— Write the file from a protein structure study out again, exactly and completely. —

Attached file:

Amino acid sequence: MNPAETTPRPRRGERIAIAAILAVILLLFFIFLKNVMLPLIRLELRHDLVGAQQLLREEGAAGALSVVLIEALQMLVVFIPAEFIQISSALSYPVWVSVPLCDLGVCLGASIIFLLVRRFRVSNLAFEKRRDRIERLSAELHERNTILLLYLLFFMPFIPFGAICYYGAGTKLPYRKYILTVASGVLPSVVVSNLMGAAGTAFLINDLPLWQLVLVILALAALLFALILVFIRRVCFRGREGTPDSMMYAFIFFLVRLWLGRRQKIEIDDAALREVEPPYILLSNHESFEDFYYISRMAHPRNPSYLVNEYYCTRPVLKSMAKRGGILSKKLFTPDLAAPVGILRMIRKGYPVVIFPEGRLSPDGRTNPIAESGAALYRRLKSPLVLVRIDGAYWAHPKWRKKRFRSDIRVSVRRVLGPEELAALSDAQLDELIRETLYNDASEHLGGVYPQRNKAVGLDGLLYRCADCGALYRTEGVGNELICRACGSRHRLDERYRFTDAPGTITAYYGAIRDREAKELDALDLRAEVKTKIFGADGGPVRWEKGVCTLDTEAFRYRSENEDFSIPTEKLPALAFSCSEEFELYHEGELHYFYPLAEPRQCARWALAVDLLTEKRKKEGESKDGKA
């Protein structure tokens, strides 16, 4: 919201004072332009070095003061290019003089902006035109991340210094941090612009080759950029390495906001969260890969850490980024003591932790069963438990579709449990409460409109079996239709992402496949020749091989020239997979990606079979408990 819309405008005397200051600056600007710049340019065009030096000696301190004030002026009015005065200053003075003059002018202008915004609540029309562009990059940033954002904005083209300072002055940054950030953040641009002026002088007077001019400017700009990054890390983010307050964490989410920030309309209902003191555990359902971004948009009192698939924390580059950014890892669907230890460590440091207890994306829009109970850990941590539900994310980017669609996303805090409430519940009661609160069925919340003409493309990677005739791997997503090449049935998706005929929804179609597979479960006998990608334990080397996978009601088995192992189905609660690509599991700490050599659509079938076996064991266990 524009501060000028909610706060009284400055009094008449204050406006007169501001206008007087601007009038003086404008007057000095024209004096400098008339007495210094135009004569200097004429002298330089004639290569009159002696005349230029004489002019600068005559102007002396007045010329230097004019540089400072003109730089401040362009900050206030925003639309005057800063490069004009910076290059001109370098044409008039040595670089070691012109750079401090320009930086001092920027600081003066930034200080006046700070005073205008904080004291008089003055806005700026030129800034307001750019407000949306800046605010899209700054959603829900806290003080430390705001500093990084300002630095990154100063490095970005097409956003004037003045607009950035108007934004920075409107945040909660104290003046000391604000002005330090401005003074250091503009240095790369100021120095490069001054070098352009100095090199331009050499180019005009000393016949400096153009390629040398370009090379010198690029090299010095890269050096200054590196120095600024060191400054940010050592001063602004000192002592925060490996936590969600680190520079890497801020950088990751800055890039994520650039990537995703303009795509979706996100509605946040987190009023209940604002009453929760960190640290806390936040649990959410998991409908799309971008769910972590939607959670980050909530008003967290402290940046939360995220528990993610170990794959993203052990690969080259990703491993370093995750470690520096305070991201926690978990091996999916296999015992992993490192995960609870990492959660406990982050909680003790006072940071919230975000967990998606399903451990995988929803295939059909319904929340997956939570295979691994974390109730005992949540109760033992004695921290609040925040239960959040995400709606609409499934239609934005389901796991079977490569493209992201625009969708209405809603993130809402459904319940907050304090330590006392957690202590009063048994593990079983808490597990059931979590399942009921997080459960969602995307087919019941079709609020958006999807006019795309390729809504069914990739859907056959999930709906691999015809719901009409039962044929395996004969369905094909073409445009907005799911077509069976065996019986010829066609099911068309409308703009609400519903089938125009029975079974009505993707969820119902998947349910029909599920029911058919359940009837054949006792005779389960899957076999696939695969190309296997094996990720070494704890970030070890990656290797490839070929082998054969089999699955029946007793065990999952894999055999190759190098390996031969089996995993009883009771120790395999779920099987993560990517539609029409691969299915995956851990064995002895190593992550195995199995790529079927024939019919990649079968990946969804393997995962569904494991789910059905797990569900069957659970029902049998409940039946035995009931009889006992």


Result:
Amino acid sequence: MNPAETTPRPRRGERIAIAAILAVILLLFFIFLKNVMLPLIRLELRHDLVGAQQLLREEGAAGALSVVLIEALQMLVVFIPAEFIQISSALSYPVWVSVPLCDLGVCLGASIIFLLVRRFRVSNLAFEKRRDRIERLSAELHERNTILLLYLLFFMPFIPFGAICYYGAGTKLPYRKYILTVASGVLPSVVVSNLMGAAGTAFLINDLPLWQLVLVILALAALLFALILVFIRRVCFRGREGTPDSMMYAFIFFLVRLWLGRRQKIEIDDAALREVEPPYILLSNHESFEDFYYISRMAHPRNPSYLVNEYYCTRPVLKSMAKRGGILSKKLFTPDLAAPVGILRMIRKGYPVVIFPEGRLSPDGRTNPIAESGAALYRRLKSPLVLVRIDGAYWAHPKWRKKRFRSDIRVSVRRVLGPEELAALSDAQLDELIRETLYNDASEHLGGVYPQRNKAVGLDGLLYRCADCGALYRTEGVGNELICRACGSRHRLDERYRFTDAPGTITAYYGAIRDREAKELDALDLRAEVKTKIFGADGGPVRWEKGVCTLDTEAFRYRSENEDFSIPTEKLPALAFSCSEEFELYHEGELHYFYPLAEPRQCARWALAVDLLTEKRKKEGESKDGKA
């Protein structure tokens, strides 16, 4: 919201004072332009070095003061290019003089902006035109991340210094941090612009080759950029390495906001969260890969850490980024003591932790069963438990579709449990409460409109079996239709992402496949020749091989020239997979990606079979408990 819309405008005397200051600056600007710049340019065009030096000696301190004030002026009015005065200053003075003059002018202008915004609540029309562009990059940033954002904005083209300072002055940054950030953040641009002026002088007077001019400017700009990054890390983010307050964490989410920030309309209902003191555990359902971004948009009192698939924390580059950014890892669907230890460590440091207890994306829009109970850990941590539900994310980017669609996303805090409430519940009661609160069925919340003409493309990677005739791997997503090449049935998706005929929804179609597979479960006998990608334990080397996978009601088995192992189905609660690509599991700490050599659509079938076996064991266990 524009501060000028909610706060009284400055009094008449204050406006007169501001206008007087601007009038003086404008007057000095024209004096400098008339007495210094135009004569200097004429002298330089004639290569009159002696005349230029004489002019600068005559102007002396007045010329230097004019540089400072003109730089401040362009900050206030925003639309005057800063490069004009910076290059001109370098044409008039040595670089070691012109750079401090320009930086001092920027600081003066930034200080006046700070005073205008904080004291008089003055806005700026030129800034307001750019407000949306800046605010899209700054959603829900806290003080430390705001500093990084300002630095990154100063490095970005097409956003004037003045607009950035108007934004920075409107945040909660104290003046000391604000002005330090401005003074250091503009240095790369100021120095490069001054070098352009100095090199331009050499180019005009000393016949400096153009390629040398370009090379010198690029090299010095890269050096200054590196120095600024060191400054940010050592001063602004000192002592925060490996936590969600680190520079890497801020950088990751800055890039994520650039990537995703303009795509979706996100509605946040987190009023209940604002009453929760960190640290806390936040649990959410998991409908799309971008769910972590939607959670980050909530008003967290402290940046939360995220528990993610170990794959993203052990690969080259990703491993370093995750470690520096305070991201926690978990091996999916296999015992992993490192995960609870990492959660406990982050909680003790006072940071919230975000967990998606399903451990995988929803295939059909319904929340997956939570295979691994974390109730005992949540109760033992004695921290609040925040239960959040995400709606609409499934239609934005389901796991079977490569493209992201625009969708209405809603993130809402459904319940907050304090330590006392957690202590009063048994593990079983808490597990059931979590399942009921997080459960969602995307087919019941079709609020958006999807006019795309390729809504069914990739859907056959999930709906691999015809719901009409039962044929395996004969369905094909073409445009907005799911077509069976065996019986010829066609099911068309409308703009609400519903089938125009029975079974009505993707969820119902998947349910029909599920029911058919359940009837054949006792005779389960899957076999696939695969190309296997094996990720070494704890970030070890990656290797490839070929082998054969089999699955029946007793065990999952894999055999190759190098390996031969089996995993009883009771120790395999779920099987993560990517539609029409691969299915995956851990064995002895190593992550195995199995790529079927024939019919990649079968990946969804393997995962569904494991789910059905797990569900069957659970029902049998409940039946035995009931009889006992």